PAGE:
# Lecture 11 – Permutation Testing, Missingness Mechanisms¶

## DSC 80, Winter 2023¶

### Announcements¶

• Lab 3's reflection form is due for extra credit tomorrow at 11:59PM.
• Lab 4 (hypothesis and permutation testing) is due on Monday, February 6th at 11:59PM.
• Project 2 is due on Thursday, February 9th at 11:59PM.
• See this post on Ed for help with Question 7 if you'd like to finish the project before the weekend. (We'll cover the relevant lecture material on Monday.)
• Several assignment grades have been released; check Gradescope and Ed for details.
• Many students' Project 1 grades increased last night 👀.

### Agenda¶

• Using permutation testing to compare two categorical distributions.
• Missingness mechanisms.
• In what ways can data be missing? Why do we care?
• How do we identify missingness mechanisms using data?

## Differences between categorical distributions¶

### Hypothesis testing vs. permutation testing¶

"Standard" hypothesis testing helps us answer questions of the form:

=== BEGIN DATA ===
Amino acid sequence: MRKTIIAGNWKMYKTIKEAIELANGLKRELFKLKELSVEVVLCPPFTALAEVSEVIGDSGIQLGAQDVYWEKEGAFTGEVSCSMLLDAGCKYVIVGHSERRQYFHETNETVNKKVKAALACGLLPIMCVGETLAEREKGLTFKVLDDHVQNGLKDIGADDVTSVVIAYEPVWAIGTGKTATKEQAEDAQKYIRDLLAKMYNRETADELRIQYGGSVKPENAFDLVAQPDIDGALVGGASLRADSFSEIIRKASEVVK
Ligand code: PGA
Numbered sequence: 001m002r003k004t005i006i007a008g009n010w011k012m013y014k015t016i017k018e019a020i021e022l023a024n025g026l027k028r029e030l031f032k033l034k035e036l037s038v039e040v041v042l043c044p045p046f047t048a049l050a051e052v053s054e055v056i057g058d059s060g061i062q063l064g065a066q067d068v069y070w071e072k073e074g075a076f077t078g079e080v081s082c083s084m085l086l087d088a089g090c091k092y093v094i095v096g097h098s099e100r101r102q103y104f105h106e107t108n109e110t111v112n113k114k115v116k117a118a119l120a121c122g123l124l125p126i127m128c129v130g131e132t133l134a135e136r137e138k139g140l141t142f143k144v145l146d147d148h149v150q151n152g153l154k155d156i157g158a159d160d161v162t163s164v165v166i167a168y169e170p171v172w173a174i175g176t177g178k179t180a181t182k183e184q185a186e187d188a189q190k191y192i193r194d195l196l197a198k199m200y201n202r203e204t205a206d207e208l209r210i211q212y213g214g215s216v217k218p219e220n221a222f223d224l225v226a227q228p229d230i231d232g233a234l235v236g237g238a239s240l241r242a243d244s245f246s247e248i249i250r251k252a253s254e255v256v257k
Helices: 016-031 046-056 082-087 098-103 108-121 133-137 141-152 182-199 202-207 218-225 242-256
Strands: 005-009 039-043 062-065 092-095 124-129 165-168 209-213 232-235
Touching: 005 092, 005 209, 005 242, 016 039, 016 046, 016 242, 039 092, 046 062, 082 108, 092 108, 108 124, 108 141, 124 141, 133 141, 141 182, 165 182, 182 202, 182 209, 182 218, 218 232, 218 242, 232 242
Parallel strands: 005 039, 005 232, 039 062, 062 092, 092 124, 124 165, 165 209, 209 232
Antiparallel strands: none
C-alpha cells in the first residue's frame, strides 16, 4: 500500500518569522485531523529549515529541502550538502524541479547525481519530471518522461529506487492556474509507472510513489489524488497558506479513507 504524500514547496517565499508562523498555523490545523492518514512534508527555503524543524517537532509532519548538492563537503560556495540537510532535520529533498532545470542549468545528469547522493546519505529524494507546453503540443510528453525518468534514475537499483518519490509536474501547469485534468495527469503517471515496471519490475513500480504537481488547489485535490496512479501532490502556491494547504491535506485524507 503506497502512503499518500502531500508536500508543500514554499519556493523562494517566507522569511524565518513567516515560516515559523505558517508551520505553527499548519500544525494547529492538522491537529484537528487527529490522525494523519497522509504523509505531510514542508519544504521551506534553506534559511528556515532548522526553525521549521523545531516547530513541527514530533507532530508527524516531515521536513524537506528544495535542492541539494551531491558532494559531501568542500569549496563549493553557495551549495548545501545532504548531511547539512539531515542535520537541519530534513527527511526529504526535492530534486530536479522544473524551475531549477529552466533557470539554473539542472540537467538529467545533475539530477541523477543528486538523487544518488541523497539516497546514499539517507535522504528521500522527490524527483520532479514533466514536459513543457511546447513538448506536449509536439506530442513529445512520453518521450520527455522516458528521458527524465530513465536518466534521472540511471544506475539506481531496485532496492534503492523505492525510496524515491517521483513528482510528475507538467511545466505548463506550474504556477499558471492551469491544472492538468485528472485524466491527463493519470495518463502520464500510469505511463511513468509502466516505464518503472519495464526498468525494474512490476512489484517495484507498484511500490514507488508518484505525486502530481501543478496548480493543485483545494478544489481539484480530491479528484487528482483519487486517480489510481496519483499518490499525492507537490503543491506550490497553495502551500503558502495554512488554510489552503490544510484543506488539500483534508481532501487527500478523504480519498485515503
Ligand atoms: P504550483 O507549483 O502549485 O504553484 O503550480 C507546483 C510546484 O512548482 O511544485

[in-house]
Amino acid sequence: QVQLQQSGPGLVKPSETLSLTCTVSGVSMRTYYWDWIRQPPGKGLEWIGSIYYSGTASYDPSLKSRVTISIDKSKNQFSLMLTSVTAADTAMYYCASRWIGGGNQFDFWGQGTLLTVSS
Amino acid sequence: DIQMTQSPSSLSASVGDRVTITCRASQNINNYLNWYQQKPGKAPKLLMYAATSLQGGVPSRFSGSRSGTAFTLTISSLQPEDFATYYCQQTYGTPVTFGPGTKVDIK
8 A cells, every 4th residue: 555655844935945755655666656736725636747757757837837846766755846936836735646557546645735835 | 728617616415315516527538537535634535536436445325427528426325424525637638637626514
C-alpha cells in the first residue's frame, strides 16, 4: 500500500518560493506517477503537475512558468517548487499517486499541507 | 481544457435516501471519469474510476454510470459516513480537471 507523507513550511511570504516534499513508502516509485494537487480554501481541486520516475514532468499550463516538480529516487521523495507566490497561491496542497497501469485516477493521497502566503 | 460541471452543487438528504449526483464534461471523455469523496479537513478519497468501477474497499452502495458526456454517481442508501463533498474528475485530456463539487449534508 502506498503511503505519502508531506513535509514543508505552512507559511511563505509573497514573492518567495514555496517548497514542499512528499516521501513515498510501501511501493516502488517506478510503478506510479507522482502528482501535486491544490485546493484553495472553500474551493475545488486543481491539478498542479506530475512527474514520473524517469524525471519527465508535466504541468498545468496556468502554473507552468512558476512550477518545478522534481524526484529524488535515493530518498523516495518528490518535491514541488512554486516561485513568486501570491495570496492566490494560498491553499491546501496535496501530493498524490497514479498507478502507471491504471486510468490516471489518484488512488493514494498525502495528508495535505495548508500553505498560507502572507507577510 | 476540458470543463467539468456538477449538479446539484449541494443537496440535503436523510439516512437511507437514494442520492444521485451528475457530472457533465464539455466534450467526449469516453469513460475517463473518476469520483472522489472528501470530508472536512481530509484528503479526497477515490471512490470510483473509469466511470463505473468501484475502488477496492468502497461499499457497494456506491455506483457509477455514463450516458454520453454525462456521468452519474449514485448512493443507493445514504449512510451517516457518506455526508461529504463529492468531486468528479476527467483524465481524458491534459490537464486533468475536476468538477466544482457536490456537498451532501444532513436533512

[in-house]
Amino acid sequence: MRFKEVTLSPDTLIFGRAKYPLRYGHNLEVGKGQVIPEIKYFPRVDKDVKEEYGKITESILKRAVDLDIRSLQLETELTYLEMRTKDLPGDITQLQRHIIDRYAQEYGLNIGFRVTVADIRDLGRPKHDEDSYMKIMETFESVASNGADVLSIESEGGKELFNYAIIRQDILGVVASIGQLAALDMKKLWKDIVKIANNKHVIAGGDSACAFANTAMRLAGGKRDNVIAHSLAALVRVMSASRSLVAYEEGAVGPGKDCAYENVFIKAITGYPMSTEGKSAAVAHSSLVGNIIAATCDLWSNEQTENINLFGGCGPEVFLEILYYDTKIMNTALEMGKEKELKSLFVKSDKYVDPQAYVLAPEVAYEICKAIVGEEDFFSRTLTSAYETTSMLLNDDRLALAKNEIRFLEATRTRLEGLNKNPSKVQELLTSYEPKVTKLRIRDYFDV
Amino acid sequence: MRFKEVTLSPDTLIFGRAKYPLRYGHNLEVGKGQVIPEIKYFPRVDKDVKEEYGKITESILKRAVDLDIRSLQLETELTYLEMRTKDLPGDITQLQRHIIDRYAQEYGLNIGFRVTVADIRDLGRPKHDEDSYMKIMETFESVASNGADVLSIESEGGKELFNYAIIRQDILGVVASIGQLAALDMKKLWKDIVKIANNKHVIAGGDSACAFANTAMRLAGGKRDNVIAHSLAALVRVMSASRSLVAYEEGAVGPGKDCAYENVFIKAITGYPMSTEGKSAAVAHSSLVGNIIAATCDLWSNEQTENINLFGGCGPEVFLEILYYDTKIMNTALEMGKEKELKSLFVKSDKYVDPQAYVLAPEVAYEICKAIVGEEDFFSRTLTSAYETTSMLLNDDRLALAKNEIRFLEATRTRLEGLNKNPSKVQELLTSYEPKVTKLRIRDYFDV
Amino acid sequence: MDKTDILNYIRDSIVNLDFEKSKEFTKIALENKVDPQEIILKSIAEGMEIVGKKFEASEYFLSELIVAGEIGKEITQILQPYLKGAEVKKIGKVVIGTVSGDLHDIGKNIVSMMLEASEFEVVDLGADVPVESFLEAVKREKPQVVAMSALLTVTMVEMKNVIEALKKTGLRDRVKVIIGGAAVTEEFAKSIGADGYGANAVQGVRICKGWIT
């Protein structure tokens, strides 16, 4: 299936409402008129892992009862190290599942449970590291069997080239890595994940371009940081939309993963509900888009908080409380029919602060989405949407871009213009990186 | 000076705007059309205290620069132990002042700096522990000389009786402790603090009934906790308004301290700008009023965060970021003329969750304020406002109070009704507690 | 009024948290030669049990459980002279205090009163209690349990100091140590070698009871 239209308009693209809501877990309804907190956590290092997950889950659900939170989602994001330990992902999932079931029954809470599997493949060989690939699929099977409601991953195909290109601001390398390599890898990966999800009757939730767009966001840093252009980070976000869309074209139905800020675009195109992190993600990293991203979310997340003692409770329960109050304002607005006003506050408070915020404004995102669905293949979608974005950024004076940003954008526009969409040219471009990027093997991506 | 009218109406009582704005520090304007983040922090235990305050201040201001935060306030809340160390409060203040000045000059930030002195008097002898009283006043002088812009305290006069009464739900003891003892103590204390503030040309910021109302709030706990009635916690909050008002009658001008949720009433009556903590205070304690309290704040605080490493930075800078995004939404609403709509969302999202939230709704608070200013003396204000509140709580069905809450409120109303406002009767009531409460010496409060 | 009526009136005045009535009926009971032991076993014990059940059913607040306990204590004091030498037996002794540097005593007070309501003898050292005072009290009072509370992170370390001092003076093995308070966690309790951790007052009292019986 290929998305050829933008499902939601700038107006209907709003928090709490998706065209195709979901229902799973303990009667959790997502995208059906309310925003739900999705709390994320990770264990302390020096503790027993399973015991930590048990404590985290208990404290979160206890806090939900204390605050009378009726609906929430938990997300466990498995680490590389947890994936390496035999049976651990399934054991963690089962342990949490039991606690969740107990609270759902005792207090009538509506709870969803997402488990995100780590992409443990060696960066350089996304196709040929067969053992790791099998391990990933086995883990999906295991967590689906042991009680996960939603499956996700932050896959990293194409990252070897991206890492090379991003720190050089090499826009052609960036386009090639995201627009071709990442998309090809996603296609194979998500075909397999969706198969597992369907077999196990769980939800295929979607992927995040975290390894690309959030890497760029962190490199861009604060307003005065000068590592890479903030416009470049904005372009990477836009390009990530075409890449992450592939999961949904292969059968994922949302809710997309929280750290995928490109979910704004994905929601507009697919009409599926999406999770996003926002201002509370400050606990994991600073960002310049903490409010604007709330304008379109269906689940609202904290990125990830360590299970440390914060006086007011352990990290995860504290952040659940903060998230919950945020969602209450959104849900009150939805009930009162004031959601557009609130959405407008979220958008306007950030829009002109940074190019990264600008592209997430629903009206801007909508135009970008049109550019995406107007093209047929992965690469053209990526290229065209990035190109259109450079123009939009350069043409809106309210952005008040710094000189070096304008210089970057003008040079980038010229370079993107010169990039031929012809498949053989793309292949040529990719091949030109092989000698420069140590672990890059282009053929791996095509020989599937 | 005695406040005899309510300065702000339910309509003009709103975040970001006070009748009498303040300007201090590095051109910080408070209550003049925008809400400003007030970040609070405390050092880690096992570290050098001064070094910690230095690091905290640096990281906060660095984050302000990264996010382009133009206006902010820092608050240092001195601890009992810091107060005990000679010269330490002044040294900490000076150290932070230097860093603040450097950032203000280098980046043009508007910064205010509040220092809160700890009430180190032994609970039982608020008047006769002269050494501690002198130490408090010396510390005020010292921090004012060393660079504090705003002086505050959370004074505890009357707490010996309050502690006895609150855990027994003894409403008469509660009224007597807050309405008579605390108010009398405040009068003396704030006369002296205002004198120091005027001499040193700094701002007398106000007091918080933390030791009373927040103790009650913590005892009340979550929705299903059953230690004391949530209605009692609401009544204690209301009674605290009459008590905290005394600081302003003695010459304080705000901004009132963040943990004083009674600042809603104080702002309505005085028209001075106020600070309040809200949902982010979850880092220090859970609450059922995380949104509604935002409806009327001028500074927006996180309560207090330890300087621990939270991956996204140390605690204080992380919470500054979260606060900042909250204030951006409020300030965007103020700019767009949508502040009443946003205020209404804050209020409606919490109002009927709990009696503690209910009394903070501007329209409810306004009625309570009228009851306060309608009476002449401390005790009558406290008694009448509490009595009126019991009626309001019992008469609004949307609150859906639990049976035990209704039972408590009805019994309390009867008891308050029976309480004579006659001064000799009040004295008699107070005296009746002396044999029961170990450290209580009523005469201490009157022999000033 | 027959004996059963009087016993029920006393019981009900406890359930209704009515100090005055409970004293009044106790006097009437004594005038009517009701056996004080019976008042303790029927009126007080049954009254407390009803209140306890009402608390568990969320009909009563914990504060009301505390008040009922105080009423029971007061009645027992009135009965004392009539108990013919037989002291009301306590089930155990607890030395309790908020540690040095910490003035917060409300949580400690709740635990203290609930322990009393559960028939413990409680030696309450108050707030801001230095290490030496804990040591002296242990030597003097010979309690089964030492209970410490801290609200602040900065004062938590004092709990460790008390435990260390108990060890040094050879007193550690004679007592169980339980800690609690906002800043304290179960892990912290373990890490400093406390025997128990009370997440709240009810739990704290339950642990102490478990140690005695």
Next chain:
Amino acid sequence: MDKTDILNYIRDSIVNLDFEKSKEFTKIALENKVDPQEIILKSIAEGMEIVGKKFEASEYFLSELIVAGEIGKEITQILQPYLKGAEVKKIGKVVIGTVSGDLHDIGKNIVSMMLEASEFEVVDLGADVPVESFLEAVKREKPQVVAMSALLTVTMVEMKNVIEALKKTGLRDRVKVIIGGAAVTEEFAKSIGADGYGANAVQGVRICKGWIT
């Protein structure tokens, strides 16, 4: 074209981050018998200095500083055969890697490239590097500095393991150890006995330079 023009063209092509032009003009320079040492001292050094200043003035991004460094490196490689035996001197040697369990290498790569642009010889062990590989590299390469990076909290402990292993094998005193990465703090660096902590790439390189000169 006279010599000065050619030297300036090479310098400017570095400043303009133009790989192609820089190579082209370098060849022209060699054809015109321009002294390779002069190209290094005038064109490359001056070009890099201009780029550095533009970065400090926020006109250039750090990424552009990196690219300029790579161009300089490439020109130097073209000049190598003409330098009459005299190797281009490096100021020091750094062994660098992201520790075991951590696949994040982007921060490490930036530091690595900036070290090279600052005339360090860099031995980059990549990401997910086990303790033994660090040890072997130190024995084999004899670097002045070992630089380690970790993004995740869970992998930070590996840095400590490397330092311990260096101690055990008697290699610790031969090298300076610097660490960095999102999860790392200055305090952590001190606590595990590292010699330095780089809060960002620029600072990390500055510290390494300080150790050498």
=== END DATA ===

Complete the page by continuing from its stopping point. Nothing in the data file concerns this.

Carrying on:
I have a population distribution, and I have one sample. Does this sample look like it was drawn from the population?

Permutation testing helps us answer questions of the form:

I have two samples, but no information about any population distributions. Do these samples look like they were drawn from the same population?

### Example: Married vs. unmarried couples¶

Let's load in a cleaned version of the couples dataset from the last lecture.

### Understanding employment status in households¶

• Do married households more often have a stay-at-home spouse?
• Do households with unmarried couples more often have someone looking for work?
• How much does the employment status of the different households vary?

To answer these questions, let's compute the distribution of employment status conditional on household type (married vs. unmarried).

### Differences in the distributions¶

Are the distributions of employment status for married people and for unmarried people who live with their partners different?

Is this difference just due to noise?